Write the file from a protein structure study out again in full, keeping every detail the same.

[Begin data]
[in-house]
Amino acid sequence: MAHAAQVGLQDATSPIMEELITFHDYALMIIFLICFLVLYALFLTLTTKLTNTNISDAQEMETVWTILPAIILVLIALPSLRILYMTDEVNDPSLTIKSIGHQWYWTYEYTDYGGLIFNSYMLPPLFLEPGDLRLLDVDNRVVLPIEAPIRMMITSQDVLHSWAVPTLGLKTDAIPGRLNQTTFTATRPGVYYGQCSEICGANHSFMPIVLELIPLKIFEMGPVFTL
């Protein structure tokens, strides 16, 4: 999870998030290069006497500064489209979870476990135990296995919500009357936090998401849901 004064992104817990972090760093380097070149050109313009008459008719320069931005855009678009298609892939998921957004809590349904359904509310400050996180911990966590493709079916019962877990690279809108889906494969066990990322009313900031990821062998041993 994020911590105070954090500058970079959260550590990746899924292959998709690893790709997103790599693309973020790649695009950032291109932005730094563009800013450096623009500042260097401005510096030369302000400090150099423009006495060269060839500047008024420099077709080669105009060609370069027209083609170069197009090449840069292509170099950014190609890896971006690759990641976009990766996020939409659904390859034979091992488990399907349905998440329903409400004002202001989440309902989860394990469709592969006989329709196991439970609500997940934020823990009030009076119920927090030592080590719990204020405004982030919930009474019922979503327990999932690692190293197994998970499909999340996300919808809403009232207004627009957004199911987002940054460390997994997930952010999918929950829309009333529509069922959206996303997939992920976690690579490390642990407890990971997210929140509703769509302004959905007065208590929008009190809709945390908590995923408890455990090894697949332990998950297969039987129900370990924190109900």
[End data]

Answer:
[in-house]
Amino acid sequence: MAHAAQVGLQDATSPIMEELITFHDYALMIIFLICFLVLYALFLTLTTKLTNTNISDAQEMETVWTILPAIILVLIALPSLRILYMTDEVNDPSLTIKSIGHQWYWTYEYTDYGGLIFNSYMLPPLFLEPGDLRLLDVDNRVVLPIEAPIRMMITSQDVLHSWAVPTLGLKTDAIPGRLNQTTFTATRPGVYYGQCSEICGANHSFMPIVLELIPLKIFEMGPVFTL
């Protein structure tokens, strides 16, 4: 999870998030290069006497500064489209979870476990135990296995919500009357936090998401849901 004064992104817990972090760093380097070149050109313009008459008719320069931005855009678009298609892939998921957004809590349904359904509310400050996180911990966590493709079916019962877990690279809108889906494969066990990322009313900031990821062998041993 994020911590105070954090500058970079959260550590990746899924292959998709690893790709997103790599693309973020790649695009950032291109932005730094563009800013450096623009500042260097401005510096030369302000400090150099423009006495060269060839500047008024420099077709080669105009060609370069027209083609170069197009090449840069292509170099950014190609890896971006690759990641976009990766996020939409659904390859034979091992488990399907349905998440329903409400004002202001989440309902989860394990469709592969006989329709196991439970609500997940934020823990009030009076119920927090030592080590719990204020405004982030919930009474019922979503327990999932690692190293197994998970499909999340996300919808809403009232207004627009957004199911987002940054460390997994997930952010999918929950829309009333529509069922959206996303997939992920976690690579490390642990407890990971997210929140509703769509302004959905007065208590929008009190809709945390908590995923408890455990090894697949332990998950297969039987129900370990924190109900």